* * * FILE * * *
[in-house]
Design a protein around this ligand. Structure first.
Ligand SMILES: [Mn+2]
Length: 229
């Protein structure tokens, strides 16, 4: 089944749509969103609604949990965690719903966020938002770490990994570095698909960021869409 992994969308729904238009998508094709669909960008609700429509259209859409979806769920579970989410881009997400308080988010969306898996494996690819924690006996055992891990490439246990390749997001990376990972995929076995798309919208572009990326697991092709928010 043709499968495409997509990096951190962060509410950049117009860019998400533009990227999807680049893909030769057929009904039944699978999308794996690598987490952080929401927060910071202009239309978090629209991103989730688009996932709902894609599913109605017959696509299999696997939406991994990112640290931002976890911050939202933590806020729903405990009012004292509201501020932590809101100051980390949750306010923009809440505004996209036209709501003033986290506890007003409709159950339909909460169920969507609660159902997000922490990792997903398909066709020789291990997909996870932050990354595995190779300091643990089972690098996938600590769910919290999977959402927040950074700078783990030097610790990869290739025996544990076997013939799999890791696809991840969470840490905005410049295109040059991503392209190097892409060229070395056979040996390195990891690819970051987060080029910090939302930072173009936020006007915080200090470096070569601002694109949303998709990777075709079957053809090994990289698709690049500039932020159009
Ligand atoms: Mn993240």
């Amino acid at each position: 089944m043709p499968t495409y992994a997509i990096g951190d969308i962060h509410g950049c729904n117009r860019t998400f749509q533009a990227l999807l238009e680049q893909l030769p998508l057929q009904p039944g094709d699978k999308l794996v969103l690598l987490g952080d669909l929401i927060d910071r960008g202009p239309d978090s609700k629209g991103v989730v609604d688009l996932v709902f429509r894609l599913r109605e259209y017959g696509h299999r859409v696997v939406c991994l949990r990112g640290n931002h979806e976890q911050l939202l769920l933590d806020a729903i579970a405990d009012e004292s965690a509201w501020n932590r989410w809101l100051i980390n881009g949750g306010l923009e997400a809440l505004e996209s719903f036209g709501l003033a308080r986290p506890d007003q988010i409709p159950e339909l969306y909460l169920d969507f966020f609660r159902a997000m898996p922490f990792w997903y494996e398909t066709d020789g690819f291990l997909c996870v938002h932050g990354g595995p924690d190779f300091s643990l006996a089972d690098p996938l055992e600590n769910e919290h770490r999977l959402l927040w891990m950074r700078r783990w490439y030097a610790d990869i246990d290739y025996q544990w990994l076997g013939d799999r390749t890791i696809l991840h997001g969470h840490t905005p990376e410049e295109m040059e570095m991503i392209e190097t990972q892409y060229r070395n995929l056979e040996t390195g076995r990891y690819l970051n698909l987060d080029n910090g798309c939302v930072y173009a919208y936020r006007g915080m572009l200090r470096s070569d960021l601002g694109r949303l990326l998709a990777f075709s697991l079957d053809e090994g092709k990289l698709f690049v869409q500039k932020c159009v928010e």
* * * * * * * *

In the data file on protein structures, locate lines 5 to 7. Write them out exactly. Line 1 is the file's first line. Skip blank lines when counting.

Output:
């Protein structure tokens, strides 16, 4: 089944749509969103609604949990965690719903966020938002770490990994570095698909960021869409 992994969308729904238009998508094709669909960008609700429509259209859409979806769920579970989410881009997400308080988010969306898996494996690819924690006996055992891990490439246990390749997001990376990972995929076995798309919208572009990326697991092709928010 043709499968495409997509990096951190962060509410950049117009860019998400533009990227999807680049893909030769057929009904039944699978999308794996690598987490952080929401927060910071202009239309978090629209991103989730688009996932709902894609599913109605017959696509299999696997939406991994990112640290931002976890911050939202933590806020729903405990009012004292509201501020932590809101100051980390949750306010923009809440505004996209036209709501003033986290506890007003409709159950339909909460169920969507609660159902997000922490990792997903398909066709020789291990997909996870932050990354595995190779300091643990089972690098996938600590769910919290999977959402927040950074700078783990030097610790990869290739025996544990076997013939799999890791696809991840969470840490905005410049295109040059991503392209190097892409060229070395056979040996390195990891690819970051987060080029910090939302930072173009936020006007915080200090470096070569601002694109949303998709990777075709079957053809090994990289698709690049500039932020159009
Ligand atoms: Mn993240």
């Amino acid at each position: 089944m043709p499968t495409y992994a997509i990096g951190d969308i962060h509410g950049c729904n117009r860019t998400f749509q533009a990227l999807l238009e680049q893909l030769p998508l057929q009904p039944g094709d699978k999308l794996v969103l690598l987490g952080d669909l929401i927060d910071r960008g202009p239309d978090s609700k629209g991103v989730v609604d688009l996932v709902f429509r894609l599913r109605e259209y017959g696509h299999r859409v696997v939406c991994l949990r990112g640290n931002h979806e976890q911050l939202l769920l933590d806020a729903i579970a405990d009012e004292s965690a509201w501020n932590r989410w809101l100051i980390n881009g949750g306010l923009e997400a809440l505004e996209s719903f036209g709501l003033a308080r986290p506890d007003q988010i409709p159950e339909l969306y909460l169920d969507f966020f609660r159902a997000m898996p922490f990792w997903y494996e398909t066709d020789g690819f291990l997909c996870v938002h932050g990354g595995p924690d190779f300091s643990l006996a089972d690098p996938l055992e600590n769910e919290h770490r999977l959402l927040w891990m950074r700078r783990w490439y030097a610790d990869i246990d290739y025996q544990w990994l076997g013939d799999r390749t890791i696809l991840h997001g969470h840490t905005p990376e410049e295109m040059e570095m991503i392209e190097t990972q892409y060229r070395n995929l056979e040996t390195g076995r990891y690819l970051n698909l987060d080029n910090g798309c939302v930072y173009a919208y936020r006007g915080m572009l200090r470096s070569d960021l601002g694109r949303l990326l998709a990777f075709s697991l079957d053809e090994g092709k990289l698709f690049v869409q500039k932020c159009v928010e």